Don Bosco worked magic. He could walk a tightrope, make things appear, juggle, do card tricks and entertain young people with stories and skills that would amaze them.
He learnt these skills in childhood so that he could keep his friends away from bad behaviour and language and lead them towards prayer.
His mother, Margaret, was worried that he was spending time with the wrong sort, but the young John Bosco argued that when they were with him they were better. He was right.
Even in his early years Don Bosco could distract others from destructive behaviour and lead them towards being cheerful, forgiving and friendly.
The source of his compassion
His care for young people emerged from at least two sources: his family experience and especially the example of his mother.
Life in John’s family was marked by death, poverty, uncertainty, famine, bullying and hard work. The emotional impact of such deprivation raised a compassion in John that focused his vocation to poor youth.
It was the experience that he was to recognise years later when he was a young priest living in industrial Turin. The street youth there had the same look of abandonment that he had felt in his own youth. He recognised it and it called him into action, at times to the point of recklessness, as he later commented.
The other significant influence in his call was his mother: she taught him how to talk to God about one’s struggles and how to stay cheerful because of that presence. It was that example that led Don Bosco to say to his leaders
Here we make holiness consist in being cheerful. We want no long-faced saints here!
Shared dreams become real
Don Bosco is also known as a dreamer. He dreamed of new developments, the conversion of England, the building of churches, establishment of youth clubs and schools and the expansion of his work in the developing world.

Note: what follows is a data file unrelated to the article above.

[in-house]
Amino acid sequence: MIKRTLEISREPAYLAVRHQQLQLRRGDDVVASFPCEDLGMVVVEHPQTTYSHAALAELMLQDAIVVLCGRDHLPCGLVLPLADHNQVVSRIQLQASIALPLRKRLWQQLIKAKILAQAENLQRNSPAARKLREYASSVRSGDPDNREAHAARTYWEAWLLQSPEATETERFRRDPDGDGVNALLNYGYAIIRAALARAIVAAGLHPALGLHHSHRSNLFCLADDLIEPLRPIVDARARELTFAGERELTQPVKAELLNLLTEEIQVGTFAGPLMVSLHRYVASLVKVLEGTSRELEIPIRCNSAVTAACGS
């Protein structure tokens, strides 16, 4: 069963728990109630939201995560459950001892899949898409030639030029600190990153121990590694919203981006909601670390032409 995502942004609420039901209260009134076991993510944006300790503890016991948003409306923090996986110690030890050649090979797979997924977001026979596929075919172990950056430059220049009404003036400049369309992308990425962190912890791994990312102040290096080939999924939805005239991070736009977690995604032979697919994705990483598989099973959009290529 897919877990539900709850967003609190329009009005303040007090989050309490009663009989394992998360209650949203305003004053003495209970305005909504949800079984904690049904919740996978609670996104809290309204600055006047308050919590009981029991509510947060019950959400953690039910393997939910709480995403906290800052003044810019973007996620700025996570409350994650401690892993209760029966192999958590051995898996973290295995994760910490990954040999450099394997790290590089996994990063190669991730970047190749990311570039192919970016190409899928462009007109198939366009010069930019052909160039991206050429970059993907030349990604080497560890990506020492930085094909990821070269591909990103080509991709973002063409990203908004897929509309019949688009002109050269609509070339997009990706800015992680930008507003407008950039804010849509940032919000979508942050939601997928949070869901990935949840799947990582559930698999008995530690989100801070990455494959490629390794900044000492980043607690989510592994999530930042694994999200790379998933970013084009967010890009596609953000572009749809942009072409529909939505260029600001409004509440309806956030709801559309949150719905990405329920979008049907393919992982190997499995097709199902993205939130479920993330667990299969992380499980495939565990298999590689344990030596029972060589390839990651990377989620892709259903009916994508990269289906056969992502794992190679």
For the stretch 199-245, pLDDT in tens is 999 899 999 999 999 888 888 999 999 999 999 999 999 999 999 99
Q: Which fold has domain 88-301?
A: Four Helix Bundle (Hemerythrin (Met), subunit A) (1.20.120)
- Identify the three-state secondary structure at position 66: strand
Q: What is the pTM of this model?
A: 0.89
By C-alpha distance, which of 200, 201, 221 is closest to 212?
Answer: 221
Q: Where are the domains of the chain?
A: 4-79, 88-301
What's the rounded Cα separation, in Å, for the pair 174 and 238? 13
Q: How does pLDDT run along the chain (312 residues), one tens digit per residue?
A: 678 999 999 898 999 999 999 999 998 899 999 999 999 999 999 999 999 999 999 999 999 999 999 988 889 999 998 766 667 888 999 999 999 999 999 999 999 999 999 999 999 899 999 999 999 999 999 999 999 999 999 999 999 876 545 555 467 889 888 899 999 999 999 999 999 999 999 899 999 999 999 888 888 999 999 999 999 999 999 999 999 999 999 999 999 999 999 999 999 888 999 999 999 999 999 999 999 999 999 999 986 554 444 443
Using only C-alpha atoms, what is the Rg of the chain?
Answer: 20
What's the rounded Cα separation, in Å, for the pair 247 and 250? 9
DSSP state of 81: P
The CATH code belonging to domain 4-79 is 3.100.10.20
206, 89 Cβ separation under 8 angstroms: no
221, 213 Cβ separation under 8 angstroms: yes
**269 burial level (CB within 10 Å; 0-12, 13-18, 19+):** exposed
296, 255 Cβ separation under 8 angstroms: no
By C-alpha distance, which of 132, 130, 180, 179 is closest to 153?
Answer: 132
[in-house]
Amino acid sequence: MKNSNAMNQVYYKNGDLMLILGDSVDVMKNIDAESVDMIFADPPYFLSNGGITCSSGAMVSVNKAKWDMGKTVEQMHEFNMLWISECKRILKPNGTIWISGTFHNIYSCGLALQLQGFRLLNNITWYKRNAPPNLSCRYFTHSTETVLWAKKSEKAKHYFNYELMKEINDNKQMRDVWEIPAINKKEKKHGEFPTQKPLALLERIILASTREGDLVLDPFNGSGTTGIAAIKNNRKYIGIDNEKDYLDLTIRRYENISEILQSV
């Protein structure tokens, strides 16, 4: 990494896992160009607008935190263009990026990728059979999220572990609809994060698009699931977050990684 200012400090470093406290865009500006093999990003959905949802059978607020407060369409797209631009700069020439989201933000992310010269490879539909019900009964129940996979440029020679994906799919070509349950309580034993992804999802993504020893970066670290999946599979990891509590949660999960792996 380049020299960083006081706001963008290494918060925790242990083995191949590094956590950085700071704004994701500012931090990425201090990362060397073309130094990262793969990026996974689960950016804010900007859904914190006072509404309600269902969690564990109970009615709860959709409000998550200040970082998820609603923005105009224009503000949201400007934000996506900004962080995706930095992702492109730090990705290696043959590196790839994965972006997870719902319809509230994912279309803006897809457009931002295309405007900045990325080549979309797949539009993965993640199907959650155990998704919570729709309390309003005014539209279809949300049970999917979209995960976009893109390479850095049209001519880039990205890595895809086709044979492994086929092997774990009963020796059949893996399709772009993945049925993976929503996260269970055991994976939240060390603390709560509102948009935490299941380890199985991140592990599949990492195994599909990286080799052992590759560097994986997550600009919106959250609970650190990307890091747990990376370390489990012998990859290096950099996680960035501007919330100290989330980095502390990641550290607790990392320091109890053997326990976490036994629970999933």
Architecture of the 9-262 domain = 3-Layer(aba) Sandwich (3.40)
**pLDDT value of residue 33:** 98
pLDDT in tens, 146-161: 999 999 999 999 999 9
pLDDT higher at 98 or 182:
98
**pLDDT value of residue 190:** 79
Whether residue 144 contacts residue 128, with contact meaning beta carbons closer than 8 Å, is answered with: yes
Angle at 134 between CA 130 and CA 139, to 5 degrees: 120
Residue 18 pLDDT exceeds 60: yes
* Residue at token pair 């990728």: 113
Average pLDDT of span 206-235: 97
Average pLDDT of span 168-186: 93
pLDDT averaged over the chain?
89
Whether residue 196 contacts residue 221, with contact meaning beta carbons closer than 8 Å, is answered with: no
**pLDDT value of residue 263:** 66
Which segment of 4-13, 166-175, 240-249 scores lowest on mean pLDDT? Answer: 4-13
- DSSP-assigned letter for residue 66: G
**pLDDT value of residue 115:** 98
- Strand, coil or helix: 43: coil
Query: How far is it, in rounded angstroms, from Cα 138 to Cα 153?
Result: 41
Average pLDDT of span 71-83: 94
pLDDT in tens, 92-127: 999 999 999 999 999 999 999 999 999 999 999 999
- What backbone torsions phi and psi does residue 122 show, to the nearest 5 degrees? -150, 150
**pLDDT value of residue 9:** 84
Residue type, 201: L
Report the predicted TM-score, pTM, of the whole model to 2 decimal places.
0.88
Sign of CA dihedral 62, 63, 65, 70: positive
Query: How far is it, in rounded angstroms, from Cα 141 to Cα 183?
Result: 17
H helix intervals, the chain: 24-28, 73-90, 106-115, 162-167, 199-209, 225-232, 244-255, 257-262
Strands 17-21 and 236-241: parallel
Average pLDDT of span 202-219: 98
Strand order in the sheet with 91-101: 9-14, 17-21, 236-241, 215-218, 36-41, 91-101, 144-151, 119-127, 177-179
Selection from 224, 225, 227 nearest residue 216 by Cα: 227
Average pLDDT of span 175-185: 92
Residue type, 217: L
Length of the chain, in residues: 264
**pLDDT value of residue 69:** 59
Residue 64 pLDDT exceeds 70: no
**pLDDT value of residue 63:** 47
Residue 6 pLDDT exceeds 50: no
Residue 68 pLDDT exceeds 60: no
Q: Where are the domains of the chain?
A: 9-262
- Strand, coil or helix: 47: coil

But he was also able to recognise intuitively the way that God was working in people around him. He predicted the pathways of many boys in his schools. He arrived at sick calls before he was called.
He had a wisdom about people and saw the good in them. Perhaps that is why he was a good risk taker. He took all the youths out of the juvenile prison for a day and brought them all back safely.
He challenged authorities, robbers, assassins and even bishops when he felt that there was just cause. He had a pastoral courage and a heart as wide as the sand on a seashore.
His dreams for young people became real because he shared them with others by starting the Salesian family: lay co-operators, priests, brothers and sisters to continue his work.
Spirituality for life
The spirituality he left to us is very simple but extremely challenging. It consists in four words: Home, School, Playground, Church, which fit together to form a holistic way of balancing life around the presence of God. Too much of any one will upset the apple cart and lead to problems.
For example, Don Bosco often pulled young people out of church if he felt they were there too much and especially when games were going on in the yard outside. He would tell them to find God in the games and in their friends. He was aware of who felt at home and who did not and he encouraged others to help unhappy youth to feel more at home.
He was also aware that learning was happening all the time and not just in class. He encouraged his community and staff to use a quiet word in the ear to correct behaviour rather than embarrass them in front of friends. Every relationship was a school for learning about life and about God.
Don Bosco today
By the time of his death in 1888 on January 31st, he had established two religious orders, a network of schools in Europe and in South America, a publishing house, children’s homes and training colleges for priests.
Today that network extends to over 132 countries. The British province of the Salesians is involved in schools, retreat ministry, in publications, vocational development, parish work and volunteering abroad.
The common culture for all these communities is Don Bosco four words: we create a home, a playground a school and a church in all our communities.
Don Bosco said that we all need to know that we are loved, Salesians do that for young people and share that ideal in community. It is a good way to live Don Bosco today.
That way of life can also be lived in the heart of the family and Don Bosco’s four words can shape relationships into a healthier pattern for parents and children. All of this can happen if people in the family know that they are loved. If that is a lived experience everything else follows.
Pray to Don Bosco for young people and those who care for them and he will not let you down.